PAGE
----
Another source claims the entire security crew [at the Savitsky Museum] was unexpectedly replaced during the last inspection. “What was that done for if not for quickly seizing control over the priceless works there? If the staff is fired and scattered—and some of them have been working for the museum longer than Marinika herself—and if new ones are hired, what would happen to the [paintings] collection? Would it not ‘evaporate’ into black markets abroad instantly?”
A profitable business?
However unbelievable, the Nukus museum smack in the centre of a saline desert in the westernmost ends of Uzbekistan is one of the most visited tourist attractions in the country. It is the only and main sight in Nukus, a provincial town of 300,000 residents that is slowly fading away in the middle of deserts and dust storms that the Aral Sea catastrophe triggered.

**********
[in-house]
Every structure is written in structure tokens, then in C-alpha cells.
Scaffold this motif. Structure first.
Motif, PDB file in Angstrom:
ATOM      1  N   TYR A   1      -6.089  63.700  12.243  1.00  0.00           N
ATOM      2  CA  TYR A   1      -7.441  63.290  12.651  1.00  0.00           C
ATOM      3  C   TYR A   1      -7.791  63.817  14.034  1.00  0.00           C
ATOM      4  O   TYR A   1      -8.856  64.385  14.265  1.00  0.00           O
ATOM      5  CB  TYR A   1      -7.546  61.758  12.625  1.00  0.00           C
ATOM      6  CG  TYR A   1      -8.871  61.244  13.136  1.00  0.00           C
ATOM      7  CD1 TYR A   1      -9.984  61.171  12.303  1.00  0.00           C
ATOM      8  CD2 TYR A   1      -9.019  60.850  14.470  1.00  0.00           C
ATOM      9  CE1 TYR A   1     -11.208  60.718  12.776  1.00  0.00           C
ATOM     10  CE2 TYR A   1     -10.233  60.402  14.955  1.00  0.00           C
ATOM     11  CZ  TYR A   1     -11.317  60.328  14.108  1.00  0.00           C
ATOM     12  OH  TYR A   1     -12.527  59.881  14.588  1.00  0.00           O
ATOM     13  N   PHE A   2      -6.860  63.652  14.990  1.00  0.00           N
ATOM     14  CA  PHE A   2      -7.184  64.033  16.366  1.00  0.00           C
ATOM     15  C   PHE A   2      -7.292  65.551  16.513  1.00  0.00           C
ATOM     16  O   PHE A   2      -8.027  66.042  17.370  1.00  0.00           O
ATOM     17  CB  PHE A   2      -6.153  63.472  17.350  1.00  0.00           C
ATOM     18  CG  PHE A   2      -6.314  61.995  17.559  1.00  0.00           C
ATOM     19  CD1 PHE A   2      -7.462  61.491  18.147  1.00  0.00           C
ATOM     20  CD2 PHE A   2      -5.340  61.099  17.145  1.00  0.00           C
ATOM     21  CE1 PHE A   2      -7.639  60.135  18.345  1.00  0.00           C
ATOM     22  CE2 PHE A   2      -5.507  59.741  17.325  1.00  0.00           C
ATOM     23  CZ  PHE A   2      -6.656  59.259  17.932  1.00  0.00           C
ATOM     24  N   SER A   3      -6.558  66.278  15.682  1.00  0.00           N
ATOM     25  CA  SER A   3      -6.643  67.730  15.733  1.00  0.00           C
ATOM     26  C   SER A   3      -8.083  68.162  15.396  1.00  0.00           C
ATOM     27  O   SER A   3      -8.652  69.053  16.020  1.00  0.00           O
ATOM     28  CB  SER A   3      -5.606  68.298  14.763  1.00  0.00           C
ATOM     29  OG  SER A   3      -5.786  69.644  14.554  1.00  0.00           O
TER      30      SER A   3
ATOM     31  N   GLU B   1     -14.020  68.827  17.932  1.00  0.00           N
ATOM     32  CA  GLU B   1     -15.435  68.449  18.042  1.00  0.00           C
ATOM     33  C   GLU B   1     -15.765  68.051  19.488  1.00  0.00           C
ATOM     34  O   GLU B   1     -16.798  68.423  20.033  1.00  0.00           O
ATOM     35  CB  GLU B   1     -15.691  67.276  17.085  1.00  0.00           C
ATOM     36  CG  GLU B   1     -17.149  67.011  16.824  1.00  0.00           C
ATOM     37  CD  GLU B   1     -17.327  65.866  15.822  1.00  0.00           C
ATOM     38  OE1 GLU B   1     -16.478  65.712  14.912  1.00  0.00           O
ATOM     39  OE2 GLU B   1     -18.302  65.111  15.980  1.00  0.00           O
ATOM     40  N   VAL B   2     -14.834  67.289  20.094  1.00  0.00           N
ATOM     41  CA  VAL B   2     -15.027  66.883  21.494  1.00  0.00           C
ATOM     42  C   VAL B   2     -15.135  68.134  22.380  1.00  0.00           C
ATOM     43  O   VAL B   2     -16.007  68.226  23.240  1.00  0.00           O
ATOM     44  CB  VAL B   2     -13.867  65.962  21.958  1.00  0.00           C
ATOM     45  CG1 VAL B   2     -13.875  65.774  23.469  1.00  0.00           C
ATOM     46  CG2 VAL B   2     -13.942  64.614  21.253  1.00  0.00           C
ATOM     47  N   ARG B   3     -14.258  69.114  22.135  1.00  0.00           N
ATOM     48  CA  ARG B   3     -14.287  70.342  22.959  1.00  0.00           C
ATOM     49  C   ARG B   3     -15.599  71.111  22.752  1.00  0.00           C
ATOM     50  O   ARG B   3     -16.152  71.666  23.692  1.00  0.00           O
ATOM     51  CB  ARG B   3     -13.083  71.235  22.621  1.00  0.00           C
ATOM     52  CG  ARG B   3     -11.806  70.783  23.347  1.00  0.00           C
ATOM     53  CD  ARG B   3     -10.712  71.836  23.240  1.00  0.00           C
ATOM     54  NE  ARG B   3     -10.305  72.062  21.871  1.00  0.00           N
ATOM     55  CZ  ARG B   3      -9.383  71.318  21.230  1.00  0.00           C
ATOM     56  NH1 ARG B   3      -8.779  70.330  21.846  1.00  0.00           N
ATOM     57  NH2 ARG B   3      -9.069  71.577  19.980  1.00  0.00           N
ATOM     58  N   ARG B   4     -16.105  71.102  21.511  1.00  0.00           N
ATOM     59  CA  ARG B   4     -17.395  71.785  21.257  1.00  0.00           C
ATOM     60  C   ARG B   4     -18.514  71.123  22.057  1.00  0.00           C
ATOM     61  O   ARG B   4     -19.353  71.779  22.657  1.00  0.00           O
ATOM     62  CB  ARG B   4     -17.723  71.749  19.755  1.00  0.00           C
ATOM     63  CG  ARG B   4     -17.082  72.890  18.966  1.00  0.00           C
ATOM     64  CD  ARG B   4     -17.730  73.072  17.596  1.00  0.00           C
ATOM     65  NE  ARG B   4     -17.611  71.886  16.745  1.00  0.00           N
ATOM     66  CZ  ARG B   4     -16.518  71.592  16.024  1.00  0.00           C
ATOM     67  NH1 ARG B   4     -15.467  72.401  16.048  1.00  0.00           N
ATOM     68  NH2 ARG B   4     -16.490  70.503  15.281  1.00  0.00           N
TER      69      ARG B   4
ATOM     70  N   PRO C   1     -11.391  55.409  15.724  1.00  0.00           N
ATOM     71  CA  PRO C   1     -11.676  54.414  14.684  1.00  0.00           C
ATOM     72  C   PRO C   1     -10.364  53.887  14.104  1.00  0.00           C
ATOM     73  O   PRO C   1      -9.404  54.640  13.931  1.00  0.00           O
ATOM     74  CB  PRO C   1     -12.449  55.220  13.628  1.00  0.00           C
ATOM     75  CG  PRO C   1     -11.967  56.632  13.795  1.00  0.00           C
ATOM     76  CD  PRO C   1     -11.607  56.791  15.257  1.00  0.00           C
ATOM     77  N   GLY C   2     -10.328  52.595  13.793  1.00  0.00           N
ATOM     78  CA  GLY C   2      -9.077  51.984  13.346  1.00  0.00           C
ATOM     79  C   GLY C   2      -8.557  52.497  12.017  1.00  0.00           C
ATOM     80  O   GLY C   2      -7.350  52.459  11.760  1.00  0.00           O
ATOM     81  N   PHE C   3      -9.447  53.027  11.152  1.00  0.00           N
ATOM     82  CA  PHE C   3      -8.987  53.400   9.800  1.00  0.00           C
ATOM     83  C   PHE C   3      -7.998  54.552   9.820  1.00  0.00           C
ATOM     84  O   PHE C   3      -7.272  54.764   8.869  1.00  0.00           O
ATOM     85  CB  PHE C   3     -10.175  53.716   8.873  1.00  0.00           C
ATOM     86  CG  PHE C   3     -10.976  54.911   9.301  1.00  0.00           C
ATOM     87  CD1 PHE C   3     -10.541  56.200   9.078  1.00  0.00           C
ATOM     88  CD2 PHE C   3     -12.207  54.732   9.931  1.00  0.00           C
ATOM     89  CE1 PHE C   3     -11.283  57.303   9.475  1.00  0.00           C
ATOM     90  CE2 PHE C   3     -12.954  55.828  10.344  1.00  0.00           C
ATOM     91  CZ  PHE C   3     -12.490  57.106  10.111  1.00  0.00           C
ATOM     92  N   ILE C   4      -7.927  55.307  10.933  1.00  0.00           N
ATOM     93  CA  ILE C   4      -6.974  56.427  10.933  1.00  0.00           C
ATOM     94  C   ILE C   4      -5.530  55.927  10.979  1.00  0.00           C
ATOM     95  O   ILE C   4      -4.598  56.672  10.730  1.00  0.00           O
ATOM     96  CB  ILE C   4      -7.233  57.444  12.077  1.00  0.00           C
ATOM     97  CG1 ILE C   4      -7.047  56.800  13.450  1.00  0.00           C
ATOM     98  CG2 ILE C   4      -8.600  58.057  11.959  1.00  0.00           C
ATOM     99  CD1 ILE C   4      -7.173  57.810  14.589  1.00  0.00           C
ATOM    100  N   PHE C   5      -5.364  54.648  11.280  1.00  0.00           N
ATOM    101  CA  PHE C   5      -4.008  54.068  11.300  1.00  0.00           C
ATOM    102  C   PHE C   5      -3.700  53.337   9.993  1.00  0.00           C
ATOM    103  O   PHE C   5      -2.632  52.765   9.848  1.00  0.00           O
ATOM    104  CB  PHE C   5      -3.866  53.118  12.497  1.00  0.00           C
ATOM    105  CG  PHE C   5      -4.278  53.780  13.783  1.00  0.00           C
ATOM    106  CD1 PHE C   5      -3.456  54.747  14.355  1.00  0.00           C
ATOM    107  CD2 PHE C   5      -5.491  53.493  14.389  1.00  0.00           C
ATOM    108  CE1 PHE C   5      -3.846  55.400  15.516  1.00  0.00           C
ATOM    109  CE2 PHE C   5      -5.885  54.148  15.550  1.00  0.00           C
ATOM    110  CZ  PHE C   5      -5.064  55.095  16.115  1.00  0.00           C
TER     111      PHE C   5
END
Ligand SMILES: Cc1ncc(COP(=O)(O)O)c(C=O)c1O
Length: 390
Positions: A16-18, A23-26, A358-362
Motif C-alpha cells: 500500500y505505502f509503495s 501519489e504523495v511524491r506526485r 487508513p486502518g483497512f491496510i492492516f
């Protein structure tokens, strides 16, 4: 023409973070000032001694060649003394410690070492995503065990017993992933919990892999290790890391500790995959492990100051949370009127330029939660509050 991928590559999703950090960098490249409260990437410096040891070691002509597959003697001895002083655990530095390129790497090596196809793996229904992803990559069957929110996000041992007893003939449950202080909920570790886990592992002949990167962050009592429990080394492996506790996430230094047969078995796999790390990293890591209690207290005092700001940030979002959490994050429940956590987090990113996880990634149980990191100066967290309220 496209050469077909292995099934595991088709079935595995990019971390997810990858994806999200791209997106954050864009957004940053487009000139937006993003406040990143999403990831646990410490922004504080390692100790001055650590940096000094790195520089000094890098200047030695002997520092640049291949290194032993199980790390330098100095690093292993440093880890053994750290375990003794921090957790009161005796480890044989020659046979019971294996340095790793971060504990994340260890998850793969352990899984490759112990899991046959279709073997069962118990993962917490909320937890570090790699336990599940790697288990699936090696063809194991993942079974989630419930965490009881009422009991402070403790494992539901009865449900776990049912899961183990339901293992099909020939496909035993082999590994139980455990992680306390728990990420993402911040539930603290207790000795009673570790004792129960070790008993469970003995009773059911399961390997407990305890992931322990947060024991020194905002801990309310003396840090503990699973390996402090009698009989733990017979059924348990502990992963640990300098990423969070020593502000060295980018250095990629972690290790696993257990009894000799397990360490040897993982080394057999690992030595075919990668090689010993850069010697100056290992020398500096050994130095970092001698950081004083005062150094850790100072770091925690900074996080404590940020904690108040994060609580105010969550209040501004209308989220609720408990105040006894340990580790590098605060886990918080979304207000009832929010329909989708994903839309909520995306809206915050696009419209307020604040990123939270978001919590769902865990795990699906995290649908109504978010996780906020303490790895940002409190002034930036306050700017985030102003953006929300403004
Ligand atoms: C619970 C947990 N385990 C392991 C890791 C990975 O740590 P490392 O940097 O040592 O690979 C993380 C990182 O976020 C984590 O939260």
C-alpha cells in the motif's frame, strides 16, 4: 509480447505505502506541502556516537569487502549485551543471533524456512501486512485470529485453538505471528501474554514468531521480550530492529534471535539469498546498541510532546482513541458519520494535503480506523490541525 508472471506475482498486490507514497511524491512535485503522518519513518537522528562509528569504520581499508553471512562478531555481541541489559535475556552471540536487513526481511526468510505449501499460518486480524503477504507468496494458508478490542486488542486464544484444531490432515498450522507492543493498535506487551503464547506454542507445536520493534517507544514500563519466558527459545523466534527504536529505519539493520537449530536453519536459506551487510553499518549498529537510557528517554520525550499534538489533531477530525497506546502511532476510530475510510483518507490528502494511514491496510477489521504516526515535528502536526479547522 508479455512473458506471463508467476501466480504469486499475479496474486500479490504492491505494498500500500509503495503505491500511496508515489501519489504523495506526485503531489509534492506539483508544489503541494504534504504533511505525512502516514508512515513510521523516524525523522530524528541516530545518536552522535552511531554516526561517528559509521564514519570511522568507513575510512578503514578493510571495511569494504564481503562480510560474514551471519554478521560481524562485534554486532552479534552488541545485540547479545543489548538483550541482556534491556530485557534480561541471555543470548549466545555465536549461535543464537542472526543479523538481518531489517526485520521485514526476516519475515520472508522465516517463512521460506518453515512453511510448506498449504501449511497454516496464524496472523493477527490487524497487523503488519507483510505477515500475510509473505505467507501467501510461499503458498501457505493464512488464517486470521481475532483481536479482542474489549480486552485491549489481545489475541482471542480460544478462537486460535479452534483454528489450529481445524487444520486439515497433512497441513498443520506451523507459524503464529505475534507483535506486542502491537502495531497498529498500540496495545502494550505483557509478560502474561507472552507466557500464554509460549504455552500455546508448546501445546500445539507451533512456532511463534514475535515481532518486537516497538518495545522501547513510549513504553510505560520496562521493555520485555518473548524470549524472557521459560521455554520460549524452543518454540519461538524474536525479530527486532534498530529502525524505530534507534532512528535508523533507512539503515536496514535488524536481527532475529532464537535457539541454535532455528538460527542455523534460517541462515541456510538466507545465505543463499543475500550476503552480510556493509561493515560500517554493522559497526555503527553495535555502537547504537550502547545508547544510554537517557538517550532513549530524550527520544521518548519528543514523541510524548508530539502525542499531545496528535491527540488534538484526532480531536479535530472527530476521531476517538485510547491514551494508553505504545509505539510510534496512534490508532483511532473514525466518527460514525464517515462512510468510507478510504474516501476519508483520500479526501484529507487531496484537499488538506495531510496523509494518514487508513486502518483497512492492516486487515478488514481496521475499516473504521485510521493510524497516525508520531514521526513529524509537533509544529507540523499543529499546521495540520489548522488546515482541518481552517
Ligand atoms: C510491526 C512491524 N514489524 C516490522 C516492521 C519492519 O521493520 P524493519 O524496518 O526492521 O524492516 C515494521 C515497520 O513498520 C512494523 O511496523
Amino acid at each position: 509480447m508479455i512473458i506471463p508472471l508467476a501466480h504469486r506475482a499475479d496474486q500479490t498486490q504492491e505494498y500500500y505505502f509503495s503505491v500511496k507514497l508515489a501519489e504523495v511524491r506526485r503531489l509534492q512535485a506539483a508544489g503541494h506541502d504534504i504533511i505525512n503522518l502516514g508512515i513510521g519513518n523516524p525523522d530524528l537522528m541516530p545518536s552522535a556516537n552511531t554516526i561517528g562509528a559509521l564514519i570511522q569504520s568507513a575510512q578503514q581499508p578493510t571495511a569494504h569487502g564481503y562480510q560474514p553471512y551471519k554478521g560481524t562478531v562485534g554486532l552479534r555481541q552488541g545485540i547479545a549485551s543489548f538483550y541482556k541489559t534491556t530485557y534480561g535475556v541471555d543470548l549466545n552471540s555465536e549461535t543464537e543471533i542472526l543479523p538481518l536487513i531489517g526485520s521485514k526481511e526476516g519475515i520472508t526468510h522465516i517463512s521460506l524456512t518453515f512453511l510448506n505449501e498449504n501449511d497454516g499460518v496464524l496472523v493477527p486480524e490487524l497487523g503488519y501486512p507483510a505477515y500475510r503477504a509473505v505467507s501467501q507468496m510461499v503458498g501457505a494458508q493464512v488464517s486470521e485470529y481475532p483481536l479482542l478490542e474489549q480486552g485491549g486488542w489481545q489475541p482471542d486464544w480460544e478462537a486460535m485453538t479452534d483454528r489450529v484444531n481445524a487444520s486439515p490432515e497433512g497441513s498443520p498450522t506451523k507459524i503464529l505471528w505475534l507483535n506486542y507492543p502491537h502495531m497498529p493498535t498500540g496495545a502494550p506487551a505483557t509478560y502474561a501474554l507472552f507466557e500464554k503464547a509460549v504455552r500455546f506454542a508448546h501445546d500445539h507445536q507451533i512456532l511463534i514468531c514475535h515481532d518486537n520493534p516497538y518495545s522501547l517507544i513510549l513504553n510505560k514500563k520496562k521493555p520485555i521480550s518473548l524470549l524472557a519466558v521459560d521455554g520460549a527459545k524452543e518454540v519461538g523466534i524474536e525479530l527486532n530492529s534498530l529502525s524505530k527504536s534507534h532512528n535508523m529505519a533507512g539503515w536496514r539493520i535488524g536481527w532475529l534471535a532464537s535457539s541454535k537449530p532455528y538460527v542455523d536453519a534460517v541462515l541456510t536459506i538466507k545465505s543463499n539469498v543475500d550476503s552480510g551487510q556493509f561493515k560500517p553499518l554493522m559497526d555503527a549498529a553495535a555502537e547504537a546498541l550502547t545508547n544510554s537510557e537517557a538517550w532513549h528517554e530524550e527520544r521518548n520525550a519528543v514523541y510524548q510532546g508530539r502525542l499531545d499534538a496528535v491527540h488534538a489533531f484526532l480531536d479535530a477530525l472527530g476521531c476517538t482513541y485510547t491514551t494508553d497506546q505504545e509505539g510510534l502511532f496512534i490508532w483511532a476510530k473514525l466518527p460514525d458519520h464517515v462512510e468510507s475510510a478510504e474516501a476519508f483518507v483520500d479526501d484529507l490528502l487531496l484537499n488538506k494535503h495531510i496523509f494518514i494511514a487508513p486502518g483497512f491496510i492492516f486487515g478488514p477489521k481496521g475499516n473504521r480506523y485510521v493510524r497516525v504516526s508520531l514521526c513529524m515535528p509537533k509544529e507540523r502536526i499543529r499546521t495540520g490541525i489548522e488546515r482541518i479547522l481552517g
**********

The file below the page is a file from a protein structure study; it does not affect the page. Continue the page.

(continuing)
The foreign visitors are the main source of the museum’s income. “I visited the museum back in spring before an active tourist season. I only spent four hours there and met six groups of tourists, who arrived there by bus,” a Tashkent-based journalist in love with Nukus and its museum told me. “They pay for admission and permission to photograph, and they purchase lost of souvenirs.”
This means the Savitsky Museum is a successful business unlike the majority of other museums in Uzbekistan. It is, therefore, quite possible that some official(s) decided to seize this business with guaranteed source of income. That said, a certain portion of the businesses in the city depend on this museum. After all, the numerous tourists here do not limit themselves to enjoying rarity paintings in the museum walls. On top of visiting local stores and restaurants, they spend two to three days here and reasonable hotels charge up to USD70 per night.